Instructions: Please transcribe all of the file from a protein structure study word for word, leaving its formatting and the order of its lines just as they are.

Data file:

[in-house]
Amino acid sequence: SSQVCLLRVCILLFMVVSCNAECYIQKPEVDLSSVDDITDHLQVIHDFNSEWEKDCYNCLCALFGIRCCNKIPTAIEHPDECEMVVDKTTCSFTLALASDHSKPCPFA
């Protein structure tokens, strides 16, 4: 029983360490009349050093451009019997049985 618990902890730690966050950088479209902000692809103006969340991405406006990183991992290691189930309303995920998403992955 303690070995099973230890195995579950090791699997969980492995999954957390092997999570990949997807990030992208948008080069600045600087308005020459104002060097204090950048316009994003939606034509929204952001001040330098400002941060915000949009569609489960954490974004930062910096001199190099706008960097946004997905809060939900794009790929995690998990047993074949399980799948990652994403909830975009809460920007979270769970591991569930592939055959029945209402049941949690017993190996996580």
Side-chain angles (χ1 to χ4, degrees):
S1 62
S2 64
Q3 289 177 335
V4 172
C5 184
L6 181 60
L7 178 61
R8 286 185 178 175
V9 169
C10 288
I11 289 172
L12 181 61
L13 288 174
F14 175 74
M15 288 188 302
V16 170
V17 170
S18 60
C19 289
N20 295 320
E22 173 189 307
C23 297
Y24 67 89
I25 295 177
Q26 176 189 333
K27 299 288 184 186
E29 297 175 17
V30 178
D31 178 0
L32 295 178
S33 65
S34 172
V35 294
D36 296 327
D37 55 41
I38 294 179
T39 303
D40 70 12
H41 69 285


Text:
[in-house]
Amino acid sequence: SSQVCLLRVCILLFMVVSCNAECYIQKPEVDLSSVDDITDHLQVIHDFNSEWEKDCYNCLCALFGIRCCNKIPTAIEHPDECEMVVDKTTCSFTLALASDHSKPCPFA
């Protein structure tokens, strides 16, 4: 029983360490009349050093451009019997049985 618990902890730690966050950088479209902000692809103006969340991405406006990183991992290691189930309303995920998403992955 303690070995099973230890195995579950090791699997969980492995999954957390092997999570990949997807990030992208948008080069600045600087308005020459104002060097204090950048316009994003939606034509929204952001001040330098400002941060915000949009569609489960954490974004930062910096001199190099706008960097946004997905809060939900794009790929995690998990047993074949399980799948990652994403909830975009809460920007979270769970591991569930592939055959029945209402049941949690017993190996996580």
Side-chain angles (χ1 to χ4, degrees):
S1 62
S2 64
Q3 289 177 335
V4 172
C5 184
L6 181 60
L7 178 61
R8 286 185 178 175
V9 169
C10 288
I11 289 172
L12 181 61
L13 288 174
F14 175 74
M15 288 188 302
V16 170
V17 170
S18 60
C19 289
N20 295 320
E22 173 189 307
C23 297
Y24 67 89
I25 295 177
Q26 176 189 333
K27 299 288 184 186
E29 297 175 17
V30 178
D31 178 0
L32 295 178
S33 65
S34 172
V35 294
D36 296 327
D37 55 41
I38 294 179
T39 303
D40 70 12
H41 69 285